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The Piper At The Gates Of Dawn

4.5 out of 5 stars 98 customer reviews

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Product details

  • Audio CD (1 Oct. 1994)
  • Number of Discs: 1
  • Label: Capitol
  • ASIN: B000026LE7
  • Other Editions: Audio CD  |  Audio Cassette  |  Vinyl  |  MP3 Download
  • Average Customer Review: 4.5 out of 5 stars  See all reviews (98 customer reviews)
  • Amazon Bestsellers Rank: 102,491 in Music (See Top 100 in Music)

Track Listings

Disc: 1

  1. Astronomy Domine
  2. Lucifer Sam
  3. Matilda Mother
  4. Flaming
  5. Pow R. Toc H.
  6. Take Up Thy Stethoscope and Walk
  7. Interstellar Overdrive
  8. The Gnome
  9. Chapter 24
  10. Scarecrow
  11. Bike

Product Description

Our product to treat is a regular product. There is not the imitation. From Japan by the surface mail because is sent out, take it until arrival as 7-14 day. Thank you for you seeing it.

Customer Reviews

Top Customer Reviews

Format: Audio CD
So much has been written about 'Piper' there's not much point in me adding my ha'penny's worth, though it remains one of the great debut albums of all time in my opinion (along with 'In the Court of the Crimson King' and 'Led Zep 1'). But there's a 'but'. There's already much speculation about possible 'Experience' and even 'Immersion' editions of this album (either singly or, in the case of the Immersion ed, paired with 'Saucerful'), so why buy this now? I think enough time has elapsed now that Piper shouldn't be treated as some kind of holy artefact that cannot be sullied with (whisper it) bonus tracks or even a bonus CD. There's an awful lot in the can that could result in a 'Piper Era' package, rather than Piper on its own. BBC Radio 2's 'The Record Producers' programme (2011) gave tantalising glimpses into the 4track originals of 'Arnold Layne' and its flip side, proving they're being investigated. I (and zillions others) would far rather the remaining members of Floyd bury any misgivings they have and allow as much as possible from the band's earliest days to be put out there.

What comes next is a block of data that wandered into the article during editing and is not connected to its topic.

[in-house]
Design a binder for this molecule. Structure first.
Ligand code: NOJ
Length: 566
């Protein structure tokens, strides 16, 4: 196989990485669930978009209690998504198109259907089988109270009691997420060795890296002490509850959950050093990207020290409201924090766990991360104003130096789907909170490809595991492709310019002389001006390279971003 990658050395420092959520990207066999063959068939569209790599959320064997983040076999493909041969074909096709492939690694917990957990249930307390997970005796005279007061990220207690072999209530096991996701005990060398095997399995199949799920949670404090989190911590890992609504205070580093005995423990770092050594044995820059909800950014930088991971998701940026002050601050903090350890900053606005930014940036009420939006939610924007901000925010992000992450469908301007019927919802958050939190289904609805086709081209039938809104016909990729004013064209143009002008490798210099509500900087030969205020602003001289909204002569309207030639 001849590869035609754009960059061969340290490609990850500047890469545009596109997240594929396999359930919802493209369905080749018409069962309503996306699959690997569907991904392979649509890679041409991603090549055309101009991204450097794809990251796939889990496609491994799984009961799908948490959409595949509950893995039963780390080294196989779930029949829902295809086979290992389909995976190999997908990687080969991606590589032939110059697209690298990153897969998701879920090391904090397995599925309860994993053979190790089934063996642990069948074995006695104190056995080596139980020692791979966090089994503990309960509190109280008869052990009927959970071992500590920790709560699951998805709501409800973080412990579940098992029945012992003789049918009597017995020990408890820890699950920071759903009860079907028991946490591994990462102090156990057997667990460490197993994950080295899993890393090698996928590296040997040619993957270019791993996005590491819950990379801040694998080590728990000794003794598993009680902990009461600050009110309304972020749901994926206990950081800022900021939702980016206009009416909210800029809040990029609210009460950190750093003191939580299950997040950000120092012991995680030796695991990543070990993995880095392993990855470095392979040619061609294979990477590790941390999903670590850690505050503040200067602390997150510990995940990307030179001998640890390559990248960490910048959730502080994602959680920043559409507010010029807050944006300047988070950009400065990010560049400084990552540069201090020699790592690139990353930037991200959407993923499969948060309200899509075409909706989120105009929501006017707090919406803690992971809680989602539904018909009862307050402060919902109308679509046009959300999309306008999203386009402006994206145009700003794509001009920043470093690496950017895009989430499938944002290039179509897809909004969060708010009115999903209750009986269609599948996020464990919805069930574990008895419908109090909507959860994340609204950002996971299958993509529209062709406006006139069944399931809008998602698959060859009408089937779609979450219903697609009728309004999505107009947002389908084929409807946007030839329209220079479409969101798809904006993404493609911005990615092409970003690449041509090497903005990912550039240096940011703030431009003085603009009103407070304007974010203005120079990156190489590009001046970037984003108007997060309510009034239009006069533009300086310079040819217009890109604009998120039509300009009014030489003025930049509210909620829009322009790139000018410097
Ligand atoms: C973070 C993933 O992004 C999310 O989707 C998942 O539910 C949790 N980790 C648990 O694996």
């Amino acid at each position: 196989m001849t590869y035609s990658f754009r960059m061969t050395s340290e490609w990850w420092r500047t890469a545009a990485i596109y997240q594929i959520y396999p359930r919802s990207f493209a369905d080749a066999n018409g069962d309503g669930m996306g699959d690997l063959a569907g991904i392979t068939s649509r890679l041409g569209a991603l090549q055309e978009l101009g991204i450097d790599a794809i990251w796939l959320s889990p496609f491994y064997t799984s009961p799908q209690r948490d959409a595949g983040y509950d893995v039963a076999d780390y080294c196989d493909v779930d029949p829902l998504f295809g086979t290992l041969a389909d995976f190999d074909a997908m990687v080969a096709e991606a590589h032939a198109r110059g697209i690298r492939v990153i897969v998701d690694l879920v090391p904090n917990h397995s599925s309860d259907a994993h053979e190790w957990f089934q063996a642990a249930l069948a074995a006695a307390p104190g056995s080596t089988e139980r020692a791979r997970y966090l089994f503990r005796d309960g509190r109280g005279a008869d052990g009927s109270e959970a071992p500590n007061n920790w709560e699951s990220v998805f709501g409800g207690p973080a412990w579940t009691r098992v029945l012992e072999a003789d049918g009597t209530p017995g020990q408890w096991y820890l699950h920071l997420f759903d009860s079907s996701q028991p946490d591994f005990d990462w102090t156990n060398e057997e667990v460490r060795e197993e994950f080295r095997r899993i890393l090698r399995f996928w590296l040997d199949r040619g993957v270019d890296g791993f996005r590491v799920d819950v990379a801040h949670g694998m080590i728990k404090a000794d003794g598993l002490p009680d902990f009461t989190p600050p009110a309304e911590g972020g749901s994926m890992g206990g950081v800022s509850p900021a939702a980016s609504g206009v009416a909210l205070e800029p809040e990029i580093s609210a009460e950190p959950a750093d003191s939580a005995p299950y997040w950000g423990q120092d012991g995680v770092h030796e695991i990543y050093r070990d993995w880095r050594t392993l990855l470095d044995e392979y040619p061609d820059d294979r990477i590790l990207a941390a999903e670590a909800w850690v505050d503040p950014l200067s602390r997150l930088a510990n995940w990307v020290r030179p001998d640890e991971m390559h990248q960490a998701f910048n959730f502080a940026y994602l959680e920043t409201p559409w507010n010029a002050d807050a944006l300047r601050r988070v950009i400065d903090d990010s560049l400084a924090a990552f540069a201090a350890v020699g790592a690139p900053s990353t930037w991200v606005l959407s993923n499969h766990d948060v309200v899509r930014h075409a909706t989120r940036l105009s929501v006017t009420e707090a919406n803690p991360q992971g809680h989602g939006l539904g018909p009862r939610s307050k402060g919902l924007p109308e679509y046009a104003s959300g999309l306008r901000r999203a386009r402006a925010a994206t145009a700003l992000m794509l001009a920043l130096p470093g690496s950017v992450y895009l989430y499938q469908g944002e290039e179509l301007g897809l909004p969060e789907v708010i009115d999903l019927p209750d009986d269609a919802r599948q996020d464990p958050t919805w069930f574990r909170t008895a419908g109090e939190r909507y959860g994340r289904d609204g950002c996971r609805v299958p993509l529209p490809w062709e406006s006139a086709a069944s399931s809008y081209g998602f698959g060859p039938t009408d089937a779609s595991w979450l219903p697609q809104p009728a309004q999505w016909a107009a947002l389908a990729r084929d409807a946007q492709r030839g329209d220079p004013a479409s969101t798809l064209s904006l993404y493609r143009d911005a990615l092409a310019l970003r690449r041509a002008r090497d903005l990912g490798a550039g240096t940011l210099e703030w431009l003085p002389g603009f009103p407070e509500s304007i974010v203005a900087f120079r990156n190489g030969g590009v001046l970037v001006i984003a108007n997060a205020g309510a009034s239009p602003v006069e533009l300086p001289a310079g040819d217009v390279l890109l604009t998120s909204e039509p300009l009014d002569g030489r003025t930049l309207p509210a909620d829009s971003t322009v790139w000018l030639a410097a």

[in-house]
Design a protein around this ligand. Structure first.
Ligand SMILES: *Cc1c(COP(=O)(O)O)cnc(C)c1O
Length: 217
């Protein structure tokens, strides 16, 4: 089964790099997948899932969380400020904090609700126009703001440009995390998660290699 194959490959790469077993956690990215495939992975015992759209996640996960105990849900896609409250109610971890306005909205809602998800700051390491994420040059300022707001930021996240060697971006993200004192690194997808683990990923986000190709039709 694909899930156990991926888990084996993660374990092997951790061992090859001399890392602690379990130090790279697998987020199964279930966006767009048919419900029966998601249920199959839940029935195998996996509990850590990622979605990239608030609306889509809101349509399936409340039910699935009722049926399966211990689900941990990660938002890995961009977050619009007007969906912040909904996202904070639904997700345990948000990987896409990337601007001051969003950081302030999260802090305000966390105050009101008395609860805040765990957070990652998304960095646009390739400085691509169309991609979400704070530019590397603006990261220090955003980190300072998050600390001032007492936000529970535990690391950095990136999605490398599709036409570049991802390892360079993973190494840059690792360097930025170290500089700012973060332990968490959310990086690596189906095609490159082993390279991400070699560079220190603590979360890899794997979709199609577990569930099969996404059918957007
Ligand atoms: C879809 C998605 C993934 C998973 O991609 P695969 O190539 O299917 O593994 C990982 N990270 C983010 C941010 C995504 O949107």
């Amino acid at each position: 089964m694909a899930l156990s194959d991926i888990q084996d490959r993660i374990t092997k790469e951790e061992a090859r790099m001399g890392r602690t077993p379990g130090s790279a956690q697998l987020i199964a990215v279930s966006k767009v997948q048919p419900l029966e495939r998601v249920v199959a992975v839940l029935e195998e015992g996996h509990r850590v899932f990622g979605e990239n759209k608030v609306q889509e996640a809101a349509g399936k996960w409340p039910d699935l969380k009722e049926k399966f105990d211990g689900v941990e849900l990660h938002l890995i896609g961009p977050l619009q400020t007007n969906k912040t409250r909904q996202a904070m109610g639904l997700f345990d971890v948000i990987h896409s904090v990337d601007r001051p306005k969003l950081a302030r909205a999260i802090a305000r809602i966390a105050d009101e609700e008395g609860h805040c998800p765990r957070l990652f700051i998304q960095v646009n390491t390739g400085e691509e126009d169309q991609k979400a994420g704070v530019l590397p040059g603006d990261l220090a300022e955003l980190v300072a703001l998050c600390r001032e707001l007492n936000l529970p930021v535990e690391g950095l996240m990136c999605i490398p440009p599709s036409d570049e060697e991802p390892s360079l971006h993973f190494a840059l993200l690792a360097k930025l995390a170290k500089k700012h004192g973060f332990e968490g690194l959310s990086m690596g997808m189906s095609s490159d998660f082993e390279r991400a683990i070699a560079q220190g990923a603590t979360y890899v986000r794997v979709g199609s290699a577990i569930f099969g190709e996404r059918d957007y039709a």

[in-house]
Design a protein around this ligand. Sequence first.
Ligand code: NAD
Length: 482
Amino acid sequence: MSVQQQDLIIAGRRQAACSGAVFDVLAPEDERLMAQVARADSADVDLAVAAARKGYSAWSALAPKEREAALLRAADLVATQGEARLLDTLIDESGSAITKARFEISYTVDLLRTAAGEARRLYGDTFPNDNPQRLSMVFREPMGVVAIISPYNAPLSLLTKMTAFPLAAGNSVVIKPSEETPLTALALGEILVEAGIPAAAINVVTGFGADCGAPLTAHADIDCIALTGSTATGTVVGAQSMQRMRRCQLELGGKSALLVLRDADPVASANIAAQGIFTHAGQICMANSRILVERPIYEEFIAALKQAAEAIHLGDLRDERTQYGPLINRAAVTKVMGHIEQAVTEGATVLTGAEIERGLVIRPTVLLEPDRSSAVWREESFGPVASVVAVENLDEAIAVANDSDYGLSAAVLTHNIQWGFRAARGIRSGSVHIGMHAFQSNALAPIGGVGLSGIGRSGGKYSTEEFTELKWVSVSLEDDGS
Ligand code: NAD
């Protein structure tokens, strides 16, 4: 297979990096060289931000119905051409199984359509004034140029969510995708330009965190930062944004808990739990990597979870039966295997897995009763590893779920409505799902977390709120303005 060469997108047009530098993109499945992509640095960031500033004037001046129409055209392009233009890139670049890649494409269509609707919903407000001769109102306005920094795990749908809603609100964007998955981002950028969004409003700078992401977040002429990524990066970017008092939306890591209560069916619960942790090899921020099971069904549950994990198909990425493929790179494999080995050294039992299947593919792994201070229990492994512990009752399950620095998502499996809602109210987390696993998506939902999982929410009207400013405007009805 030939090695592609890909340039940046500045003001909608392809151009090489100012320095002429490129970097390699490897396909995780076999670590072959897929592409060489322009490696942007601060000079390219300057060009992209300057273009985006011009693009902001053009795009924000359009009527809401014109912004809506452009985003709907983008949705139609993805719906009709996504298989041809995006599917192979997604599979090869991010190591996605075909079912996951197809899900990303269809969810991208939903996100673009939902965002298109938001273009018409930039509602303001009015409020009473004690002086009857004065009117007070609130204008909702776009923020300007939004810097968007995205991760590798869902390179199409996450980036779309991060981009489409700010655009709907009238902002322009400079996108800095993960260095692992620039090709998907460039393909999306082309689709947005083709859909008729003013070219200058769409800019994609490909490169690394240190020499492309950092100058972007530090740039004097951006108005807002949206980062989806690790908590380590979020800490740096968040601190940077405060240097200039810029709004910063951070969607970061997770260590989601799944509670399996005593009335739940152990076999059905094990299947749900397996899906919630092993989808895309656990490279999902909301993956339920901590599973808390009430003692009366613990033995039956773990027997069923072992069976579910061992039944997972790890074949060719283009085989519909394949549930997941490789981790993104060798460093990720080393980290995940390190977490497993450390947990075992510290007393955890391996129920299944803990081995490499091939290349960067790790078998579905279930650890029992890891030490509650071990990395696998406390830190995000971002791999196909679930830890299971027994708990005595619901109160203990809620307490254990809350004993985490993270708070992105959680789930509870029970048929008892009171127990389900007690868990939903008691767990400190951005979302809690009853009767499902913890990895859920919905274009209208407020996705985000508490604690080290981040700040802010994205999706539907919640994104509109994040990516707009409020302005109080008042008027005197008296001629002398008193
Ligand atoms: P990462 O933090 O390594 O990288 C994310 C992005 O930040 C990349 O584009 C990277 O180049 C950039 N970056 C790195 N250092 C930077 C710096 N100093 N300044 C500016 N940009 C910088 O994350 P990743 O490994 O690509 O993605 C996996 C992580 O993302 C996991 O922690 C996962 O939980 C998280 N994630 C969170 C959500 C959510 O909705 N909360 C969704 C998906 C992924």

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Format: Audio CD
Yes, 'The Piper at the Gates of Dawn' is undoubtedly imbued with the effects of LSD, and is one of the first true paradigms of psychedelic rock, however, for me, this album will always be Syd Barrett's immortalisation of childhood. The 'eccentric' Floyd frontman presents a wonderful array of withdrawn, introspective and seemingly naïve imagery, with lyrics that are dreamlike, unearthly and peculiarly ominous: appositely reflecting the process of childhood and growing up, in my opinion.

Due to this masterpiece, Barrett's first and last Floyd album, he will always remain a childlike genius in my eyes, not the drug-ravaged recluse the media gleefully portrayed him as. This album has made Syd eternal, and has simultaneously encapsulated memories of my own childhood. Songs such as: 'Bike', 'Scarecrow' and 'Lucifer Sam', illustrate the boundlessness of existence when young, yet also creepily depict the portentous nature of one's youth, and this is cleverly echoed in the cacophonous nature of tracks such as 'Astronomy Domine' and 'Interstellar Overdrive'.

Furthermore, this album also showcases Pink Floyd as brilliant musical innovators, in particular, Barrett's creative, dissonant guitar passages, such as those found on the expansive epic, 'Interstellar Overdrive'. Keyboardist, Rick Wright, also contributes significantly, most notably with eerie organ interludes, such as those which punctuate 'Matilda Mother' and 'Scarecrow', accentuating the psychedelic element of the music.

As long as people keep appreciating this album, Syd Barrett will live on forever. The music industry owes him a massive debt for his enterprising, beautifully ethereal work, and he must never be forgotten.